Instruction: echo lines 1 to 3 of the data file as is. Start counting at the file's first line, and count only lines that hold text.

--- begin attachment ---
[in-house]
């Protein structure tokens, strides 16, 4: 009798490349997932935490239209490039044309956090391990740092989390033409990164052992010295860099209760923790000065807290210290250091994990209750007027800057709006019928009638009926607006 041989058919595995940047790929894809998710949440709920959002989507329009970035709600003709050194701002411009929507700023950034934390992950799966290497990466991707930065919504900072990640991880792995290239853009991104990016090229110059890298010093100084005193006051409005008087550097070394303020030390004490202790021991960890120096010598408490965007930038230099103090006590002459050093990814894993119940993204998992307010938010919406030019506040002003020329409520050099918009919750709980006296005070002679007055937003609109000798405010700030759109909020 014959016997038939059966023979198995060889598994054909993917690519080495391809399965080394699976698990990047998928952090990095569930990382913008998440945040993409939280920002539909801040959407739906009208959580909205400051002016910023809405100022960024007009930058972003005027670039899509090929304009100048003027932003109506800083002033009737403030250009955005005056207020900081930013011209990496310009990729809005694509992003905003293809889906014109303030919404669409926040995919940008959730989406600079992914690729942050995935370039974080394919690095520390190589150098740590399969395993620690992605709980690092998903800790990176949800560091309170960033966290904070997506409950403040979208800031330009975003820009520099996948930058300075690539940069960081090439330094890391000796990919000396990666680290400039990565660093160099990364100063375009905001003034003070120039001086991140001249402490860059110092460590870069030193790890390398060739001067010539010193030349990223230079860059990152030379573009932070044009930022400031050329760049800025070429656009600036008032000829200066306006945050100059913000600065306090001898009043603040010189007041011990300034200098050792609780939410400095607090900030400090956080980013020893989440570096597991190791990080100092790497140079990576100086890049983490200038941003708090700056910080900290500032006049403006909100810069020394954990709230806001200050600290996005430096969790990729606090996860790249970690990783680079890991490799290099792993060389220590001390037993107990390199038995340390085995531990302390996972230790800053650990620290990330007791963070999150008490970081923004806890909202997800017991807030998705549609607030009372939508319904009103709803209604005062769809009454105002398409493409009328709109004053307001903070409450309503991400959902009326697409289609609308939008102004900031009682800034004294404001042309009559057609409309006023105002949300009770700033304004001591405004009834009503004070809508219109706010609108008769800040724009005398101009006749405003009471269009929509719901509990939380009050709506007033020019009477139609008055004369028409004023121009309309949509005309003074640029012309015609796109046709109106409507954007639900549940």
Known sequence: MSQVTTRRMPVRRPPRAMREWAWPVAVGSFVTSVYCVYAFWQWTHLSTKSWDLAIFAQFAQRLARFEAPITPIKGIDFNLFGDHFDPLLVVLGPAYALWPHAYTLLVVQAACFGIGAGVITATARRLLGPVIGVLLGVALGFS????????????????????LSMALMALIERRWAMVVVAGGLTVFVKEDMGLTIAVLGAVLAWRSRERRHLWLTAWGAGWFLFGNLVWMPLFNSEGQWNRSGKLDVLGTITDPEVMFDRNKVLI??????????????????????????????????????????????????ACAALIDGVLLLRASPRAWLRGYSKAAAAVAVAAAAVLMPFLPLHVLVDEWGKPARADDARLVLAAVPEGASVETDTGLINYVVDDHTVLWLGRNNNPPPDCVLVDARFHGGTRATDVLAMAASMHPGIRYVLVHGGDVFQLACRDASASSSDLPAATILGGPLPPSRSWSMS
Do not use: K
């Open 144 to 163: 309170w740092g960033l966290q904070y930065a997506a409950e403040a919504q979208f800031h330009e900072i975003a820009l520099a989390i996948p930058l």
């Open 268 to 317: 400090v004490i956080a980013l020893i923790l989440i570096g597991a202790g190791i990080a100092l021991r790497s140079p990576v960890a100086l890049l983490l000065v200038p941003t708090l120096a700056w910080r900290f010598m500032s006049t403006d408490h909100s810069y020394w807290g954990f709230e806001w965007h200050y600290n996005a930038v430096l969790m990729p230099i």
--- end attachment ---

[in-house]
């Protein structure tokens, strides 16, 4: 009798490349997932935490239209490039044309956090391990740092989390033409990164052992010295860099209760923790000065807290210290250091994990209750007027800057709006019928009638009926607006 041989058919595995940047790929894809998710949440709920959002989507329009970035709600003709050194701002411009929507700023950034934390992950799966290497990466991707930065919504900072990640991880792995290239853009991104990016090229110059890298010093100084005193006051409005008087550097070394303020030390004490202790021991960890120096010598408490965007930038230099103090006590002459050093990814894993119940993204998992307010938010919406030019506040002003020329409520050099918009919750709980006296005070002679007055937003609109000798405010700030759109909020 014959016997038939059966023979198995060889598994054909993917690519080495391809399965080394699976698990990047998928952090990095569930990382913008998440945040993409939280920002539909801040959407739906009208959580909205400051002016910023809405100022960024007009930058972003005027670039899509090929304009100048003027932003109506800083002033009737403030250009955005005056207020900081930013011209990496310009990729809005694509992003905003293809889906014109303030919404669409926040995919940008959730989406600079992914690729942050995935370039974080394919690095520390190589150098740590399969395993620690992605709980690092998903800790990176949800560091309170960033966290904070997506409950403040979208800031330009975003820009520099996948930058300075690539940069960081090439330094890391000796990919000396990666680290400039990565660093160099990364100063375009905001003034003070120039001086991140001249402490860059110092460590870069030193790890390398060739001067010539010193030349990223230079860059990152030379573009932070044009930022400031050329760049800025070429656009600036008032000829200066306006945050100059913000600065306090001898009043603040010189007041011990300034200098050792609780939410400095607090900030400090956080980013020893989440570096597991190791990080100092790497140079990576100086890049983490200038941003708090700056910080900290500032006049403006909100810069020394954990709230806001200050600290996005430096969790990729606090996860790249970690990783680079890991490799290099792993060389220590001390037993107990390199038995340390085995531990302390996972230790800053650990620290990330007791963070999150008490970081923004806890909202997800017991807030998705549609607030009372939508319904009103709803209604005062769809009454105002398409493409009328709109004053307001903070409450309503991400959902009326697409289609609308939008102004900031009682800034004294404001042309009559057609409309006023105002949300009770700033304004001591405004009834009503004070809508219109706010609108008769800040724009005398101009006749405003009471269009929509719901509990939380009050709506007033020019009477139609008055004369028409004023121009309309949509005309003074640029012309015609796109046709109106409507954007639900549940």
Known sequence: MSQVTTRRMPVRRPPRAMREWAWPVAVGSFVTSVYCVYAFWQWTHLSTKSWDLAIFAQFAQRLARFEAPITPIKGIDFNLFGDHFDPLLVVLGPAYALWPHAYTLLVVQAACFGIGAGVITATARRLLGPVIGVLLGVALGFS????????????????????LSMALMALIERRWAMVVVAGGLTVFVKEDMGLTIAVLGAVLAWRSRERRHLWLTAWGAGWFLFGNLVWMPLFNSEGQWNRSGKLDVLGTITDPEVMFDRNKVLI??????????????????????????????????????????????????ACAALIDGVLLLRASPRAWLRGYSKAAAAVAVAAAAVLMPFLPLHVLVDEWGKPARADDARLVLAAVPEGASVETDTGLINYVVDDHTVLWLGRNNNPPPDCVLVDARFHGGTRATDVLAMAASMHPGIRYVLVHGGDVFQLACRDASASSSDLPAATILGGPLPPSRSWSMS